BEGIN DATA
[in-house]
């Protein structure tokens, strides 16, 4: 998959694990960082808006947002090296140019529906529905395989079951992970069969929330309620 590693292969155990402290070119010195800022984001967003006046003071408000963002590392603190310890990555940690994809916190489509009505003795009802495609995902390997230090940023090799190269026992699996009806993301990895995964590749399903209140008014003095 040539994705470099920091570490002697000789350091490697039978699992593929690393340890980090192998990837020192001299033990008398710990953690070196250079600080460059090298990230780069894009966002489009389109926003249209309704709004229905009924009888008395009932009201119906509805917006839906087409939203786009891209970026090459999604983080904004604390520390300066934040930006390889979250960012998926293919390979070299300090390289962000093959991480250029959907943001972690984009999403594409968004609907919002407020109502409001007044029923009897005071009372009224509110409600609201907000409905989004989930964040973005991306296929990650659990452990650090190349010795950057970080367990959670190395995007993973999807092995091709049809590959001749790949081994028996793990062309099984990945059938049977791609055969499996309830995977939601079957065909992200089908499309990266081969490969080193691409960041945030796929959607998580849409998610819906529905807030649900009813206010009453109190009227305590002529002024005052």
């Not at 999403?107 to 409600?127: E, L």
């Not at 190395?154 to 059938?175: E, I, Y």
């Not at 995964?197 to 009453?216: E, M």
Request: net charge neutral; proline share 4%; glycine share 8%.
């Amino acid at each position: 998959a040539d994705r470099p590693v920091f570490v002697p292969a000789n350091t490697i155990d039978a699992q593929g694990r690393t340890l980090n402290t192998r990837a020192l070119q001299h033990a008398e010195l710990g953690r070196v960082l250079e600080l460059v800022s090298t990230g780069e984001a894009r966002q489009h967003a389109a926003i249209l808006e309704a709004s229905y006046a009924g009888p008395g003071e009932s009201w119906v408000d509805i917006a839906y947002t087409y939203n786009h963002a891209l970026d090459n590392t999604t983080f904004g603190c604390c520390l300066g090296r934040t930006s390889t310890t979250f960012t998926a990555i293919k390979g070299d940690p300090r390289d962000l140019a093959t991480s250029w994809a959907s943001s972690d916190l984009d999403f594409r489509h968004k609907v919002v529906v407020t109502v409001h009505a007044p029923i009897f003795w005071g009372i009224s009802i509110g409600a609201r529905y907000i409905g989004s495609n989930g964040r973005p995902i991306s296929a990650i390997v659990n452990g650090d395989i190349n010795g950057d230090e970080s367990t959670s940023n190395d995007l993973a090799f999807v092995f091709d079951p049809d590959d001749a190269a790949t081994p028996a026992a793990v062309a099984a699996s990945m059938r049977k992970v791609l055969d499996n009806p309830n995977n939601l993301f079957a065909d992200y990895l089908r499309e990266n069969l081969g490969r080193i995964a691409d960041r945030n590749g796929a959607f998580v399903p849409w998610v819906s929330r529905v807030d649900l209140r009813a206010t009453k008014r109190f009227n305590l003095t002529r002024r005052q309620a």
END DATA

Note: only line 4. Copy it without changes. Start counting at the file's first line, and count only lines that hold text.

């Not at 190395?154 to 059938?175: E, I, Y």